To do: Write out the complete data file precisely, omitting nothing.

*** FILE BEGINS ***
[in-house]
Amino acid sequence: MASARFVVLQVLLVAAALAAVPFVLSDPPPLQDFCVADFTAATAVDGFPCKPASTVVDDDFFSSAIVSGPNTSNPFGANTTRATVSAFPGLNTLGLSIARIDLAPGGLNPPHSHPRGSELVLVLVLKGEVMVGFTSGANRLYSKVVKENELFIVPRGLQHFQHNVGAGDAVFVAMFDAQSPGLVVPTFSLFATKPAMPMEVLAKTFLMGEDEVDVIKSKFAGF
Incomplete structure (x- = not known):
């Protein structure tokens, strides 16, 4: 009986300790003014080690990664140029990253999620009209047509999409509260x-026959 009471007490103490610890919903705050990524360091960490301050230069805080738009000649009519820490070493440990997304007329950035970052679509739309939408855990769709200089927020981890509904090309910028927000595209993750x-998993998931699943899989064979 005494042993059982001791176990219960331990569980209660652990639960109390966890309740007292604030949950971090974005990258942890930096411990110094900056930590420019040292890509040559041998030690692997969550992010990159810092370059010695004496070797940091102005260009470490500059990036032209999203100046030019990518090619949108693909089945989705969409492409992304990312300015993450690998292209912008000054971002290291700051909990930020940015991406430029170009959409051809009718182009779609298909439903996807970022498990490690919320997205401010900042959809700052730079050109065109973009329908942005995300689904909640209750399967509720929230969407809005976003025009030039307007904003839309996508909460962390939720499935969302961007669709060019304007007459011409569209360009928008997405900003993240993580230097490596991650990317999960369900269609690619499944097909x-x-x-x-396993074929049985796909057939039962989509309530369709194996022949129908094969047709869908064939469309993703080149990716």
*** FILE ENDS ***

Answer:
[in-house]
Amino acid sequence: MASARFVVLQVLLVAAALAAVPFVLSDPPPLQDFCVADFTAATAVDGFPCKPASTVVDDDFFSSAIVSGPNTSNPFGANTTRATVSAFPGLNTLGLSIARIDLAPGGLNPPHSHPRGSELVLVLVLKGEVMVGFTSGANRLYSKVVKENELFIVPRGLQHFQHNVGAGDAVFVAMFDAQSPGLVVPTFSLFATKPAMPMEVLAKTFLMGEDEVDVIKSKFAGF
Incomplete structure (x- = not known):
């Protein structure tokens, strides 16, 4: 009986300790003014080690990664140029990253999620009209047509999409509260x-026959 009471007490103490610890919903705050990524360091960490301050230069805080738009000649009519820490070493440990997304007329950035970052679509739309939408855990769709200089927020981890509904090309910028927000595209993750x-998993998931699943899989064979 005494042993059982001791176990219960331990569980209660652990639960109390966890309740007292604030949950971090974005990258942890930096411990110094900056930590420019040292890509040559041998030690692997969550992010990159810092370059010695004496070797940091102005260009470490500059990036032209999203100046030019990518090619949108693909089945989705969409492409992304990312300015993450690998292209912008000054971002290291700051909990930020940015991406430029170009959409051809009718182009779609298909439903996807970022498990490690919320997205401010900042959809700052730079050109065109973009329908942005995300689904909640209750399967509720929230969407809005976003025009030039307007904003839309996508909460962390939720499935969302961007669709060019304007007459011409569209360009928008997405900003993240993580230097490596991650990317999960369900269609690619499944097909x-x-x-x-396993074929049985796909057939039962989509309530369709194996022949129908094969047709869908064939469309993703080149990716």